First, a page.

Andrew Tripi, Christian Hyon lead Wheatley past Oyster Bay to Nassau title
Christian Hyon held on to the ball, took his time, and at the second-quarter buzzer, drained a three from the top of the key with what seemed to be the greatest of ease. Shortly after, midway through the third quarter, Andrew Tripi broke free for one of his many fast-break baskets. Minutes later, he did it again. A few seconds after that, he did it one more time.
Saturday night at LIU Post, a well-oiled Wheatley boys basketball team made even the difficult things look easy. Winning the Nassau Class B title? Add that to the mix, too.
Behind Tripi's game-high 20 points and Hyon's masterful ballhanding, the No. 1 Wildcats deftly turned aside second-seeded Oyster Bay, 56-35, to advance to the Long Island championship game against Babylon, March 5 at SUNY Old Westbury. And though the margin of victory makes it look like an easy victory, the truth is that this was the same Baymen team that beat them by four points only two weeks ago.
"I think it came down to what we did on the defensive end," said Hyon, who finished with 10 points. "We located the threats -- tried to cut down on their lefty [David Carl] by forcing him to go right . . . we stuck to our double teams and we never lost intensity."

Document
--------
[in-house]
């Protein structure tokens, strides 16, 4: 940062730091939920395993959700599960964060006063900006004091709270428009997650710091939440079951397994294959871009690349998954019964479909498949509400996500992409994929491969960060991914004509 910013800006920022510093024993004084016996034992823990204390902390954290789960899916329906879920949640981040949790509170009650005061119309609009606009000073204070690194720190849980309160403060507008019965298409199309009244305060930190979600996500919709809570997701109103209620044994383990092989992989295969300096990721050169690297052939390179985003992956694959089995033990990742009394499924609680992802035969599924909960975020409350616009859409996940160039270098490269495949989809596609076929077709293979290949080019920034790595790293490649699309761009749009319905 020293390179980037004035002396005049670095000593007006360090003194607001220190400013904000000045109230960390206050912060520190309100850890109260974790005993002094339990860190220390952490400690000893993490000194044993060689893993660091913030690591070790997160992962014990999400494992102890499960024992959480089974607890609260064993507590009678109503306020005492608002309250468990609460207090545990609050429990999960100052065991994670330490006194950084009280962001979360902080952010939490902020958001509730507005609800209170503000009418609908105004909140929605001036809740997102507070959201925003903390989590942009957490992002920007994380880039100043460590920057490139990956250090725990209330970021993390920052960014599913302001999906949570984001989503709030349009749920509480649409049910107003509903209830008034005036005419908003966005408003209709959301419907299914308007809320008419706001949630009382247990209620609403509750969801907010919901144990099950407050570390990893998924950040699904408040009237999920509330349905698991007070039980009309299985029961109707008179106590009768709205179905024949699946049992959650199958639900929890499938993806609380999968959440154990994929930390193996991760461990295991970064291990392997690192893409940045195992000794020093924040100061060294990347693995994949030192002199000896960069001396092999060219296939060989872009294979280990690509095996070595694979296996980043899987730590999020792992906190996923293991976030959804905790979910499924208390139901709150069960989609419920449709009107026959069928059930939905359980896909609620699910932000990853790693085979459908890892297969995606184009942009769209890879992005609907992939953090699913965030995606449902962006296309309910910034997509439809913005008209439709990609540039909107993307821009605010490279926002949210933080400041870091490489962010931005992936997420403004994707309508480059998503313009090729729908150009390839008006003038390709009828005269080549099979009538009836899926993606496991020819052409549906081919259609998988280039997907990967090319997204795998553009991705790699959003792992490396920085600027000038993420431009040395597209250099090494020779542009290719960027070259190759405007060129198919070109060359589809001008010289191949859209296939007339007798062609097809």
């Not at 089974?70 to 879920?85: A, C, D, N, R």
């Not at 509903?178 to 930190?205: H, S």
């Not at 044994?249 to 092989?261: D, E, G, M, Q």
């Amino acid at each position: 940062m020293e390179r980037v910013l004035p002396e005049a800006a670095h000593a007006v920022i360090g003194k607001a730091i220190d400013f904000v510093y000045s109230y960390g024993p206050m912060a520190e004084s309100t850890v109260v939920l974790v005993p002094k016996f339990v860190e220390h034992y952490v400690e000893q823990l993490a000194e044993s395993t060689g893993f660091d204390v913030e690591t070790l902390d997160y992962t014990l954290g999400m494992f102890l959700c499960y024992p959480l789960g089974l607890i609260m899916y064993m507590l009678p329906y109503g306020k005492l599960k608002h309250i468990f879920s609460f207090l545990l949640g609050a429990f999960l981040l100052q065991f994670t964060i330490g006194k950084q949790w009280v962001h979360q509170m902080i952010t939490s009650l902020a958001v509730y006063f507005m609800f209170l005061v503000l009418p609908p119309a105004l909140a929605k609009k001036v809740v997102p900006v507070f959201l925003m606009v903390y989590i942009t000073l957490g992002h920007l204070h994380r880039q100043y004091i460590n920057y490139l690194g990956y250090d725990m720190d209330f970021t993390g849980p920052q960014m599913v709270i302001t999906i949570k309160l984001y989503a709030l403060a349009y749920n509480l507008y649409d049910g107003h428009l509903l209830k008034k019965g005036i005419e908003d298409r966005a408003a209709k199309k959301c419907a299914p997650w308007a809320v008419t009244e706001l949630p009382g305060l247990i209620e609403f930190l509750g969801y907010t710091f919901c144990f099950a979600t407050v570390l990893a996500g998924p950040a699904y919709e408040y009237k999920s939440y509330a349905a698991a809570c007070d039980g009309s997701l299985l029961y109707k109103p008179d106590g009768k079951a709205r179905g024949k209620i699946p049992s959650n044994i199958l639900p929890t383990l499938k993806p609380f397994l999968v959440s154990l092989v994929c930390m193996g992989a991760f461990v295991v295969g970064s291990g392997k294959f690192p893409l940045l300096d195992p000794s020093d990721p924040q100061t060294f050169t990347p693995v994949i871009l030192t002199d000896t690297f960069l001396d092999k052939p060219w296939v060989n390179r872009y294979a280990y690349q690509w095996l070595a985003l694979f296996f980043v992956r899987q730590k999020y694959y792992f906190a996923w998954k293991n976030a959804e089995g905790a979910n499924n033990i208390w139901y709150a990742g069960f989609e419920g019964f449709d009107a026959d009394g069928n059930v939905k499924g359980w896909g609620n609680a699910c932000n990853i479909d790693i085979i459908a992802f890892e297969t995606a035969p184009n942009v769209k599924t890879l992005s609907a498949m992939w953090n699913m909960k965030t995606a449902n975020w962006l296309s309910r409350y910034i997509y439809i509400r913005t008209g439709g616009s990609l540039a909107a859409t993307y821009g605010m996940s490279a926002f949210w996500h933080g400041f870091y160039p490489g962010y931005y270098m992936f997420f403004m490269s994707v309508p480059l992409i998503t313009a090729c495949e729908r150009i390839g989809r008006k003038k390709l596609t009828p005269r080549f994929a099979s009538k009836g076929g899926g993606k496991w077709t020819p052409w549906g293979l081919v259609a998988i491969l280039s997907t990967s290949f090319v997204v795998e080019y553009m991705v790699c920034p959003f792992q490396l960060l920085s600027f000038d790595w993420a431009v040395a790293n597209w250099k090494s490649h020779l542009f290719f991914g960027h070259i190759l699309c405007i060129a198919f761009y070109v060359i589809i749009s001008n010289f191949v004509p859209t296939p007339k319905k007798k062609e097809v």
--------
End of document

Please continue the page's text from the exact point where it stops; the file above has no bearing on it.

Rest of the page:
This is Wheatley's first county title since it took the Class C championship in 2001, coach Jim Curcio said.
Hyon, the senior point guard, added that by focusing on Carl on the inside and the Baymen's main shooter, Nick Carbone, they were able to smother any chance of a comeback.
"When we lost, we were letting them get their threes," he said.
It worked spectacularly. Oyster Bay (15-4) never led, but drew to as close as a point on Carbone's three-pointer midway through the first quarter. Tripi's baseline three with 1:48 left in the first quarter put Wheatley (15-4) ahead by five, and the Wildcats never looked back, scoring the next eight points, capped by Alex Israel's putback with 5:11 left in the second quarter. After back-to-back treys by the Baymen's Carbone and Austin Seaman, Wheatley scored six more for a 27-13 lead. Another three by Hyon gave Wheatley a 16-point advantage at the break.
A backbreaking 18-8 third quarter -- half of Wheatley's points were scored by Tripi -- all but sealed the victory.
"It was a little surprising to win by such a big margin," Hyon said. "But we knew how important this game was and how much it meant . . . So I guess we're not really that surprised."